The networking giant is contesting a US jury’s decision in David and Goliath tussle
Cisco has been fined in the US for stringing a potential partner along and for stealing two patents. The civil fraud action brought by XpertUniverse resulted in Cisco having to pay $70 million (£46m) in damages and a further $33,000 (£22,000) for patent infringement.
Cisco still contends the judgement and may appeal but the jury in Delaware was unconvinced with Cisco’s defence.
Victor Friedman, founder of XpertUniverse, described his firm as “a small company with intellectual property as its primary asset”. He claimed that Cisco had continued to discuss a lucrative partnership for six months even though the networking giant had decided against any deal.
The two companies worked together from 2004 to 2007. The year following the severance of the arrangement, Cisco announced its “Expert on Demand” service, a platform to route call centre customers to relevant experts, which contained two elements subject to patents owned by XpertUniverse.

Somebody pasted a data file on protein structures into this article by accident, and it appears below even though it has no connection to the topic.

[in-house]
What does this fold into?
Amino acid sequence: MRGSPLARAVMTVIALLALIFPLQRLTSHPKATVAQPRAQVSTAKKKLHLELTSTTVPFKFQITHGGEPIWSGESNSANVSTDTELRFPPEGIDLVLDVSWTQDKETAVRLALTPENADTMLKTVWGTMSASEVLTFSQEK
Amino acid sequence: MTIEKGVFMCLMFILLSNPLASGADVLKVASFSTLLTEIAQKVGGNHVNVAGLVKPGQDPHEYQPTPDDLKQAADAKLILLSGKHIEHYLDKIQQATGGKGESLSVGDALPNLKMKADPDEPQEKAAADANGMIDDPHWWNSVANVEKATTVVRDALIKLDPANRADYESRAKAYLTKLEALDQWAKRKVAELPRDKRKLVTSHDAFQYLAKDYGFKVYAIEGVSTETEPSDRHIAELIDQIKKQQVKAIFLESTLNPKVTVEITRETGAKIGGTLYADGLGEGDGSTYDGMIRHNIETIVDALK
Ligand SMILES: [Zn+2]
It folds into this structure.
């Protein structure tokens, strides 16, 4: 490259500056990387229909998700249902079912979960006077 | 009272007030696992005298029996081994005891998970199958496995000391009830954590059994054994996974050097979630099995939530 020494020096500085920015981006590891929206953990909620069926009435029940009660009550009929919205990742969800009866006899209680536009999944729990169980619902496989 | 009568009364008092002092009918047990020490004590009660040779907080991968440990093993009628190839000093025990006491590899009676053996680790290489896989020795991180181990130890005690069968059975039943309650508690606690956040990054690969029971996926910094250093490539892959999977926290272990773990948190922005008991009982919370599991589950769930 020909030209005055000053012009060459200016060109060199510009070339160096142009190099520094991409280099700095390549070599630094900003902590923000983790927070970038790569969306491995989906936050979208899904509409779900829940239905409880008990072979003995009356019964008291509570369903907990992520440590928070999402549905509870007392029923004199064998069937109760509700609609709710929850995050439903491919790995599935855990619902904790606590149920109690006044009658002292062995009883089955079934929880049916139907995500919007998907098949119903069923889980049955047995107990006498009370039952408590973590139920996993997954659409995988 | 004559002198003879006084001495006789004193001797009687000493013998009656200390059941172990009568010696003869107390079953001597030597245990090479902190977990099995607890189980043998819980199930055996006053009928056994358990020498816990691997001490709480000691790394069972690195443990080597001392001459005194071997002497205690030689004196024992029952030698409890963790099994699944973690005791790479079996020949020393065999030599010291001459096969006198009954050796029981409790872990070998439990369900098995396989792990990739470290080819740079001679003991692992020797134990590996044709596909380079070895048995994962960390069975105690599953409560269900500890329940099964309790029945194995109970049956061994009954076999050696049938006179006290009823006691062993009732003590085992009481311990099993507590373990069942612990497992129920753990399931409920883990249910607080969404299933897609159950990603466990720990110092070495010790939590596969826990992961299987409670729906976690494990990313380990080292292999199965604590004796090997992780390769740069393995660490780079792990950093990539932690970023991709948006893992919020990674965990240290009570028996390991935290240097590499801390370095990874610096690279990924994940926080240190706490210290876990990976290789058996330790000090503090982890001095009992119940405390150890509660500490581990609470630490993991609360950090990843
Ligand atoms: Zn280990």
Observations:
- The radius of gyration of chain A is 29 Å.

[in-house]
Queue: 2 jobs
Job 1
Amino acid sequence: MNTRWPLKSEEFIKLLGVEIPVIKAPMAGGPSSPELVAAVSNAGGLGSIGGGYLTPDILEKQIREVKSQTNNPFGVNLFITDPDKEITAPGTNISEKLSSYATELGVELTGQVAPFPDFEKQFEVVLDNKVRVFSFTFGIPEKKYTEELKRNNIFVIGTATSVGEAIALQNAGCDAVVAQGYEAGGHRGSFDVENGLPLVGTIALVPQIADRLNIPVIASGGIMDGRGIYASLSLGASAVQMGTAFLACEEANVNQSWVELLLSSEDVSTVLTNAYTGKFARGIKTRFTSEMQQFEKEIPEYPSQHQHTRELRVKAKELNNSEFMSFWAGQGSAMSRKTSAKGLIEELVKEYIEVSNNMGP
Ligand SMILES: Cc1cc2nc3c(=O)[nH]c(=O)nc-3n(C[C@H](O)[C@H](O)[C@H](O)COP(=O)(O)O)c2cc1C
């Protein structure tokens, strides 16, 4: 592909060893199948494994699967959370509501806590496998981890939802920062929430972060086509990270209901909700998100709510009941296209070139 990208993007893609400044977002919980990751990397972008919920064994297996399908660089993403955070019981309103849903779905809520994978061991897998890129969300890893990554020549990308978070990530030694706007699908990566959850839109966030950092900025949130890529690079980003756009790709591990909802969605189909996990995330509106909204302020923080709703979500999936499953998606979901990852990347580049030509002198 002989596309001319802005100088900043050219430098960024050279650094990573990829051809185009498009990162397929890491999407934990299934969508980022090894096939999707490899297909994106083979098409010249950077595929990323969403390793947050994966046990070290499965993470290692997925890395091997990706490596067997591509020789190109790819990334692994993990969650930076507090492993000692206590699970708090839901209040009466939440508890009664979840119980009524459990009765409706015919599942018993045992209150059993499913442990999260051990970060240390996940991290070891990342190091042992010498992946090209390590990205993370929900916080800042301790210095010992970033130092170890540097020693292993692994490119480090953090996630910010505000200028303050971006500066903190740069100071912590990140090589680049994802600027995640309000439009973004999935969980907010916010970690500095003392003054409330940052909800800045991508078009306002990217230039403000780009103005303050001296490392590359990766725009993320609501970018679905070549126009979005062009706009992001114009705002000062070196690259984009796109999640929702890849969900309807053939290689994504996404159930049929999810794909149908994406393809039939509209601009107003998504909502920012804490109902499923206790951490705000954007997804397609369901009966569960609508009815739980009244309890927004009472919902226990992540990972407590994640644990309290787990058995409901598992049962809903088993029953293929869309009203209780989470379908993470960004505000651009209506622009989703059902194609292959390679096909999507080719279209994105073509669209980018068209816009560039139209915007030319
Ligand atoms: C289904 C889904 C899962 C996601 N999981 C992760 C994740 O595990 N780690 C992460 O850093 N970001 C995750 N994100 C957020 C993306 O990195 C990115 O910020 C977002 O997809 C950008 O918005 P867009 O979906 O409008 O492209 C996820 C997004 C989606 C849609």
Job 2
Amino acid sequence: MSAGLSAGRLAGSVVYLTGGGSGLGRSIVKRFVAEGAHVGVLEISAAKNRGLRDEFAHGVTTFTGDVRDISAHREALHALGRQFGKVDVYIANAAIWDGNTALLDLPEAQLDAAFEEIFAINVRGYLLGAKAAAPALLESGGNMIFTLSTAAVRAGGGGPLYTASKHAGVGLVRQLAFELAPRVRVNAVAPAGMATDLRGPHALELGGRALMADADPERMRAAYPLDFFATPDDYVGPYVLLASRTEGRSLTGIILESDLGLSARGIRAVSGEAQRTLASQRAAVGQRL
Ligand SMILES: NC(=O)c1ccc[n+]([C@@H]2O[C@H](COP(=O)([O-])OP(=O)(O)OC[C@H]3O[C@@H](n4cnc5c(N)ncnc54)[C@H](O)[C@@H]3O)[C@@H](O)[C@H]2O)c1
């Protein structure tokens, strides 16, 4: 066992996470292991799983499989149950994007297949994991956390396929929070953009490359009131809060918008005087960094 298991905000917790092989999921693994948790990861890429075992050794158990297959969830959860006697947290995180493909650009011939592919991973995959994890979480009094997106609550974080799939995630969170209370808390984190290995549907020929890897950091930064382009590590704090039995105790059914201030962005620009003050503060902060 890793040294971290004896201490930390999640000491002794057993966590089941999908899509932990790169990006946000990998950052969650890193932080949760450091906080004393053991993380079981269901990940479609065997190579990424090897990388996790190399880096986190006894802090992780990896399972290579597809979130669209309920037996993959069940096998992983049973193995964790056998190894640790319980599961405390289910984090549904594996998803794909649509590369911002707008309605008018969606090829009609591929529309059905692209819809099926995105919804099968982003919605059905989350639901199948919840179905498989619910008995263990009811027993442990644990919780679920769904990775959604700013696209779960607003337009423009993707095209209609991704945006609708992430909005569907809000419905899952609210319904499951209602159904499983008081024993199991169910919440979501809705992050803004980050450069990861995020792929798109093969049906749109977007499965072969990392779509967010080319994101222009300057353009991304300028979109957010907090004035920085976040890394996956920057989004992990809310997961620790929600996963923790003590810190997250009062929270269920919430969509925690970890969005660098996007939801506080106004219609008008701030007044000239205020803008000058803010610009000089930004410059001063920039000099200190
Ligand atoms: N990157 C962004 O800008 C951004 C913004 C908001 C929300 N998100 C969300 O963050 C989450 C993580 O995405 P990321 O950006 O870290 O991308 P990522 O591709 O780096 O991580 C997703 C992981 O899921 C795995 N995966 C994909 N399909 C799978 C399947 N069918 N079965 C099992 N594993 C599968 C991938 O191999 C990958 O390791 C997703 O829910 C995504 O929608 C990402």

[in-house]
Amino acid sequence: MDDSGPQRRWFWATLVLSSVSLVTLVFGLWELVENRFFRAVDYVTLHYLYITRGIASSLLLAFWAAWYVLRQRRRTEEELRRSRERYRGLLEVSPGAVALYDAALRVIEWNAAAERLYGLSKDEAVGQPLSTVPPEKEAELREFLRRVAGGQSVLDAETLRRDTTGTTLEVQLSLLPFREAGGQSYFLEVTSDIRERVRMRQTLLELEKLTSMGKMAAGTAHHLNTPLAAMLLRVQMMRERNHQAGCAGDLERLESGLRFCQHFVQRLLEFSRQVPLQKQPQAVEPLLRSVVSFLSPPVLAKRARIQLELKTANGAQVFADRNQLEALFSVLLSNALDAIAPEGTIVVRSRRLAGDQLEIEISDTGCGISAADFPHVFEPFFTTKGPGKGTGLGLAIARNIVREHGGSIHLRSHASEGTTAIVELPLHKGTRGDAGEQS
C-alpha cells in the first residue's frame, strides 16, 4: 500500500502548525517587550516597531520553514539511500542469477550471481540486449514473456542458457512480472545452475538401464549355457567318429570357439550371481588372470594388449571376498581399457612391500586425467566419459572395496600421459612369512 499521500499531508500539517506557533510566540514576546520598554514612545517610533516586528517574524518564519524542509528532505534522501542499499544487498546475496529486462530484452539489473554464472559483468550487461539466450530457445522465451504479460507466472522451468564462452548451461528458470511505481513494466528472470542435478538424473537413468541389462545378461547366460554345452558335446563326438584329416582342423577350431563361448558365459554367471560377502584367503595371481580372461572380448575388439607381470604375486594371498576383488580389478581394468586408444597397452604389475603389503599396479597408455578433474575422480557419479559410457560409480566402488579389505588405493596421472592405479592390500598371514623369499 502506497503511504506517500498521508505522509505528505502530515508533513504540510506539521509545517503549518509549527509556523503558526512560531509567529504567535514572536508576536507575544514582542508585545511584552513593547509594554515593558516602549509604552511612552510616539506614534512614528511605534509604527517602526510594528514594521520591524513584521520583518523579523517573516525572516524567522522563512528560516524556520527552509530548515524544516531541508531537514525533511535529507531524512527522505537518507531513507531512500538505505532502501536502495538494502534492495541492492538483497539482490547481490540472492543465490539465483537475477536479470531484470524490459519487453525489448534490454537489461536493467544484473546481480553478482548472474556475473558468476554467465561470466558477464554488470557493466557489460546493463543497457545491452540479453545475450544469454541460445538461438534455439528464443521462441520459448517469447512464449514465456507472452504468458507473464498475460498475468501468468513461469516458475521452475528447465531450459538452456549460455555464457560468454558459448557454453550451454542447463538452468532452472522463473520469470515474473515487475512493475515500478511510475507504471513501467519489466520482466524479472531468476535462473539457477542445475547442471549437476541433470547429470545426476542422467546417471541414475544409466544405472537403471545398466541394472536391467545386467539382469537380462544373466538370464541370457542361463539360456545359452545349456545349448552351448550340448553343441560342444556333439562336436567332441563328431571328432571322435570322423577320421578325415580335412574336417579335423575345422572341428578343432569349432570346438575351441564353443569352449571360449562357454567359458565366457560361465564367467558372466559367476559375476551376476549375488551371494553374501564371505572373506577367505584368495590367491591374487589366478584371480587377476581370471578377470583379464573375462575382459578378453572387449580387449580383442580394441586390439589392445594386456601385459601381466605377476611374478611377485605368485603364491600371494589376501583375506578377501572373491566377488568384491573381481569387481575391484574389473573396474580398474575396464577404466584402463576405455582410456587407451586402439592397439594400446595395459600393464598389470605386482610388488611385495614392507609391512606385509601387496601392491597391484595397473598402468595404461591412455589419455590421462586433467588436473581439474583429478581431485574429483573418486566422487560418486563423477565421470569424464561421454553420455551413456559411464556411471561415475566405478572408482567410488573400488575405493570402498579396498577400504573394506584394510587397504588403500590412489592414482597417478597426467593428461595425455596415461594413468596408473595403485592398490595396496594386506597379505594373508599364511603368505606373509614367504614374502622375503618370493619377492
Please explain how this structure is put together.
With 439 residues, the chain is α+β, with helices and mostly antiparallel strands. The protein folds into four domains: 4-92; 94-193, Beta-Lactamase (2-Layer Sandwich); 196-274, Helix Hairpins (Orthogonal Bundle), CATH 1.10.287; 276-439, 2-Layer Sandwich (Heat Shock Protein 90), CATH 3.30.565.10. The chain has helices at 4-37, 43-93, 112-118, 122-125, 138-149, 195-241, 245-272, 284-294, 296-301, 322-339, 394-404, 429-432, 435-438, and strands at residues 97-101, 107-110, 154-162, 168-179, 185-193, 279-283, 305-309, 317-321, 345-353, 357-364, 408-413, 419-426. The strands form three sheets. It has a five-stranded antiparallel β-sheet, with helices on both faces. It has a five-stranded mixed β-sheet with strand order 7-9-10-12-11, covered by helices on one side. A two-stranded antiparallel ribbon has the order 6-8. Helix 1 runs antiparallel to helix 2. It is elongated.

The plaintive further claimed that the result of the unfruitful talks was that development of the company was choked, leading to the “destruction of the company” when it could have been pursuing more-profitable alliances elsewhere.
In defence of Cisco, lawyer Brett Schuman, a partner at Morgan Lewis, claimed XpertUniverse “never had a product, customers or revenue”. He added that Cisco backed out of partnership talks when it realised the smaller company only had “a demo” for a future product and that the failure of the company was due to “mismanagement” and a “lack of leadership”.
Charles Cantine, a partner at Stroock, alleged “fraudulent concealment” on Cisco’s part for not informing XpertUniverse in a timely way. He also argued that the companies signed a non-disclosure agreement before revealing “every aspect of its intellectual property”.
Following the verdict, a Cisco spokeswoman, said, “We do not believe the evidence presented at trial supports this verdict, and as a result, there are a number of issues for the judge to consider that will determine whether this verdict remains intact,” Carvell said. “If necessary, we will pursue an appeal.”